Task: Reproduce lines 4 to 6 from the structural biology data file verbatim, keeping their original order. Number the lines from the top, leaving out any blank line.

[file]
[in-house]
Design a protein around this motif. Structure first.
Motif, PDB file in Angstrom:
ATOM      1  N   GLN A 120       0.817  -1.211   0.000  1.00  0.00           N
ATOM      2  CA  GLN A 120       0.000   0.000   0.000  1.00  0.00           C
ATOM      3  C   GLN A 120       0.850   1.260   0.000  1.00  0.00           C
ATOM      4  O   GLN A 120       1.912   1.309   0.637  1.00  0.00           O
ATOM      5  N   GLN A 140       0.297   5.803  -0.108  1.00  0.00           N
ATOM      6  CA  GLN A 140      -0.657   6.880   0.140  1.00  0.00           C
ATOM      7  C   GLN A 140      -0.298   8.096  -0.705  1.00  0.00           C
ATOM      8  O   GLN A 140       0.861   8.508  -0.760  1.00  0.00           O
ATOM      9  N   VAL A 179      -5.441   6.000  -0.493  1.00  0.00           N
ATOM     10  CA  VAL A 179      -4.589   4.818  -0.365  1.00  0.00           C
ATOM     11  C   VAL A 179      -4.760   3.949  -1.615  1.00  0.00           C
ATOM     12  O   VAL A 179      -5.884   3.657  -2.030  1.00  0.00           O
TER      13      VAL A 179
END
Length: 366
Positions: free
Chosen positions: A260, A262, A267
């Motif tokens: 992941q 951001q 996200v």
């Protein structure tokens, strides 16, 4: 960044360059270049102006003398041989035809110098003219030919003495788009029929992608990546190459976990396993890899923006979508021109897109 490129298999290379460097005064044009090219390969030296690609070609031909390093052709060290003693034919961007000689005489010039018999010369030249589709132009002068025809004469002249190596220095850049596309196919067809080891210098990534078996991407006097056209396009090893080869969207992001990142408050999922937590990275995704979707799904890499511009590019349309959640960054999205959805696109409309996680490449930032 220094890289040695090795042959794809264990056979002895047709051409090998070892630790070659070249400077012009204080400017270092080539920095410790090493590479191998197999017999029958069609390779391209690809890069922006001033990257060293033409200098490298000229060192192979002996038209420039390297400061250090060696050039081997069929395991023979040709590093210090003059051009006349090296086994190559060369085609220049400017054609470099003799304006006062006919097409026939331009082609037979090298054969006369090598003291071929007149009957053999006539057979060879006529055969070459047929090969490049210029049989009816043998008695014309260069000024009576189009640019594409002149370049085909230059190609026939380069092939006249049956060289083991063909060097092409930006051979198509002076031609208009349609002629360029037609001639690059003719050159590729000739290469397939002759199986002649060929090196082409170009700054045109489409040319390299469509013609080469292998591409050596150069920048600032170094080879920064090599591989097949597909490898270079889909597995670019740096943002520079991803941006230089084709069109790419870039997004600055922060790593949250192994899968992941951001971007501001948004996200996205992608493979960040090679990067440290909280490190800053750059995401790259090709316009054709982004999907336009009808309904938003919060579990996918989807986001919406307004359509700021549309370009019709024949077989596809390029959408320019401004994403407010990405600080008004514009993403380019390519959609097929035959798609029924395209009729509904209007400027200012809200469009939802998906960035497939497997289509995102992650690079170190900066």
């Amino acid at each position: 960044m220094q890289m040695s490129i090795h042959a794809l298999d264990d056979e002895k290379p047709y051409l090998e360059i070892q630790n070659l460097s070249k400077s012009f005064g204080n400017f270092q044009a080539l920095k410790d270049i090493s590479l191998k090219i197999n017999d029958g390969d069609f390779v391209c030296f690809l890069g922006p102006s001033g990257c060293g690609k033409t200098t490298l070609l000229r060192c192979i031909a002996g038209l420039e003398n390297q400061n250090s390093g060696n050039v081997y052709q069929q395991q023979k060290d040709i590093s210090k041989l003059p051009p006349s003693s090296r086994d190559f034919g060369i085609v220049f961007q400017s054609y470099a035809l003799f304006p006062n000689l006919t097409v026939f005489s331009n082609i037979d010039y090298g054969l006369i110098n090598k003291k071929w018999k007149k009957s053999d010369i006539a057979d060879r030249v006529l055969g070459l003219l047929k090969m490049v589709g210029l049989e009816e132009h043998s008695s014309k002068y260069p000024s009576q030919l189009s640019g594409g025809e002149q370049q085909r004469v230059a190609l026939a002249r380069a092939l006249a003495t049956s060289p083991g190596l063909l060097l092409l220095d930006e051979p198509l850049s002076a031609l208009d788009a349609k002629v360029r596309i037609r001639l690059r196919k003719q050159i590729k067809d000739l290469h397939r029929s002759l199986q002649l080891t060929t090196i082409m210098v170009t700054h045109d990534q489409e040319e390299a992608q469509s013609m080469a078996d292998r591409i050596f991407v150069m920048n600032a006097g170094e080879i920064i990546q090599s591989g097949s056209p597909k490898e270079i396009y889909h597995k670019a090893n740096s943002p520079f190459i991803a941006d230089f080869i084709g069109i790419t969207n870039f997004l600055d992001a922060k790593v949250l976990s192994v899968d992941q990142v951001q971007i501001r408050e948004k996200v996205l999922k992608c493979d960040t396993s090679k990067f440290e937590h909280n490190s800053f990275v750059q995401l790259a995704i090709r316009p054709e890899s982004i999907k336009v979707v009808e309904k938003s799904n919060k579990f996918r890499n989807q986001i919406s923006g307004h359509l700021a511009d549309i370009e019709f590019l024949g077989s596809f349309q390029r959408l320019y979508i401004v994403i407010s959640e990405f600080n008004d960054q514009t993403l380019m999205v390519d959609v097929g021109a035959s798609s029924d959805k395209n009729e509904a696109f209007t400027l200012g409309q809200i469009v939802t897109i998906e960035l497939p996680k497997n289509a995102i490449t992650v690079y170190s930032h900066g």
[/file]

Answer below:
ATOM      1  N   GLN A 120       0.817  -1.211   0.000  1.00  0.00           N
ATOM      2  CA  GLN A 120       0.000   0.000   0.000  1.00  0.00           C
ATOM      3  C   GLN A 120       0.850   1.260   0.000  1.00  0.00           C